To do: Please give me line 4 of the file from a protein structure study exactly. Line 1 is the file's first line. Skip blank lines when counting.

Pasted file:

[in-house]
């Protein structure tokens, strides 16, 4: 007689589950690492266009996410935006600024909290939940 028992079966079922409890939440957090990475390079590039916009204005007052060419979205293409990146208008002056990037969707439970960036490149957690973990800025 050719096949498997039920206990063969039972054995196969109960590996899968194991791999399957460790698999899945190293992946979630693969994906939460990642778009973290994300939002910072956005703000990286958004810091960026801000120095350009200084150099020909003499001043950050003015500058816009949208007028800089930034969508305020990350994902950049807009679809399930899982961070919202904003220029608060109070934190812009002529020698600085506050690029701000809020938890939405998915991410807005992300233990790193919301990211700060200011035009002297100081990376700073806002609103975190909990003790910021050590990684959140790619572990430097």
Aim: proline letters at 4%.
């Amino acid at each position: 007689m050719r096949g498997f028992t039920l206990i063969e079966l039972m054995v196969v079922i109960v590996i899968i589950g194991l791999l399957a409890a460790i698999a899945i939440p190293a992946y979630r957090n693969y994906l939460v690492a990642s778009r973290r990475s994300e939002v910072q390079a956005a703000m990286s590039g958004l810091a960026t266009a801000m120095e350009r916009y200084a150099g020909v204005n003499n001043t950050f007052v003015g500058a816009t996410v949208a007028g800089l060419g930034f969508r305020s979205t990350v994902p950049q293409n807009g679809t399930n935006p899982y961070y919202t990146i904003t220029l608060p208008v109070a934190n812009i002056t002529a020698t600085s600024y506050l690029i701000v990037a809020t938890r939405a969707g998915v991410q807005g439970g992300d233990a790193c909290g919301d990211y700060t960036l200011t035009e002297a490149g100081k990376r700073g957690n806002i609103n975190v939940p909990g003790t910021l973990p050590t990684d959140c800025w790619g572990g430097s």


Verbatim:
């Amino acid at each position: 007689m050719r096949g498997f028992t039920l206990i063969e079966l039972m054995v196969v079922i109960v590996i899968i589950g194991l791999l399957a409890a460790i698999a899945i939440p190293a992946y979630r957090n693969y994906l939460v690492a990642s778009r973290r990475s994300e939002v910072q390079a956005a703000m990286s590039g958004l810091a960026t266009a801000m120095e350009r916009y200084a150099g020909v204005n003499n001043t950050f007052v003015g500058a816009t996410v949208a007028g800089l060419g930034f969508r305020s979205t990350v994902p950049q293409n807009g679809t399930n935006p899982y961070y919202t990146i904003t220029l608060p208008v109070a934190n812009i002056t002529a020698t600085s600024y506050l690029i701000v990037a809020t938890r939405a969707g998915v991410q807005g439970g992300d233990a790193c909290g919301d990211y700060t960036l200011t035009e002297a490149g100081k990376r700073g957690n806002i609103n975190v939940p909990g003790t910021l973990p050590t990684d959140c800025w790619g572990g430097s």